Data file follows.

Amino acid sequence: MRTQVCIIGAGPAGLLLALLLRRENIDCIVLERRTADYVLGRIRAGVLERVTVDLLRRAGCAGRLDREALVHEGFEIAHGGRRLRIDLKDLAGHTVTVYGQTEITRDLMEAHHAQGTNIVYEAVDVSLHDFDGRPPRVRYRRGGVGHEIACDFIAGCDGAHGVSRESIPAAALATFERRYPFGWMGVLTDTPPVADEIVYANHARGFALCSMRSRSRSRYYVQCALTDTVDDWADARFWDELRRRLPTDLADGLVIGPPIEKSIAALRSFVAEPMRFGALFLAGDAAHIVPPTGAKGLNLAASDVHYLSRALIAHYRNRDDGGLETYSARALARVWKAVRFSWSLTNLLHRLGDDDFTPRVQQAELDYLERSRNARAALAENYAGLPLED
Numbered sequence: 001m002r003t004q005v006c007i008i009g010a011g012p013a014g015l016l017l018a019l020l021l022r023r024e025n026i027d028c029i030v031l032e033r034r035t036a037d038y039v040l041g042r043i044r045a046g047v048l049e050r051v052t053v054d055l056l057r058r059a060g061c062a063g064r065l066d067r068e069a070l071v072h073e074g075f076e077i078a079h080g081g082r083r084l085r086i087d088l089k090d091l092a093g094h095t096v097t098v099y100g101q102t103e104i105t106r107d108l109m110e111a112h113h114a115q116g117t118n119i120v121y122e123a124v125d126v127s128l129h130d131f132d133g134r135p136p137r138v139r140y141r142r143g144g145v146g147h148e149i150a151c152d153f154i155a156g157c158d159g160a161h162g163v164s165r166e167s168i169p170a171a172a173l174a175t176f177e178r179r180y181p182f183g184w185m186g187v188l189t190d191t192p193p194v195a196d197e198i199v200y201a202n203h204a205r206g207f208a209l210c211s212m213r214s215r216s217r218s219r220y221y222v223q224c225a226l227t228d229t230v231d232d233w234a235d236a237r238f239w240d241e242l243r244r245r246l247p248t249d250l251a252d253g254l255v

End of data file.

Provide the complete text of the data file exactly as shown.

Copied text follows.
Amino acid sequence: MRTQVCIIGAGPAGLLLALLLRRENIDCIVLERRTADYVLGRIRAGVLERVTVDLLRRAGCAGRLDREALVHEGFEIAHGGRRLRIDLKDLAGHTVTVYGQTEITRDLMEAHHAQGTNIVYEAVDVSLHDFDGRPPRVRYRRGGVGHEIACDFIAGCDGAHGVSRESIPAAALATFERRYPFGWMGVLTDTPPVADEIVYANHARGFALCSMRSRSRSRYYVQCALTDTVDDWADARFWDELRRRLPTDLADGLVIGPPIEKSIAALRSFVAEPMRFGALFLAGDAAHIVPPTGAKGLNLAASDVHYLSRALIAHYRNRDDGGLETYSARALARVWKAVRFSWSLTNLLHRLGDDDFTPRVQQAELDYLERSRNARAALAENYAGLPLED
Numbered sequence: 001m002r003t004q005v006c007i008i009g010a011g012p013a014g015l016l017l018a019l020l021l022r023r024e025n026i027d028c029i030v031l032e033r034r035t036a037d038y039v040l041g042r043i044r045a046g047v048l049e050r051v052t053v054d055l056l057r058r059a060g061c062a063g064r065l066d067r068e069a070l071v072h073e074g075f076e077i078a079h080g081g082r083r084l085r086i087d088l089k090d091l092a093g094h095t096v097t098v099y100g101q102t103e104i105t106r107d108l109m110e111a112h113h114a115q116g117t118n119i120v121y122e123a124v125d126v127s128l129h130d131f132d133g134r135p136p137r138v139r140y141r142r143g144g145v146g147h148e149i150a151c152d153f154i155a156g157c158d159g160a161h162g163v164s165r166e167s168i169p170a171a172a173l174a175t176f177e178r179r180y181p182f183g184w185m186g187v188l189t190d191t192p193p194v195a196d197e198i199v200y201a202n203h204a205r206g207f208a209l210c211s212m213r214s215r216s217r218s219r220y221y222v223q224c225a226l227t228d229t230v231d232d233w234a235d236a237r238f239w240d241e242l243r244r245r246l247p248t249d250l251a252d253g254l255v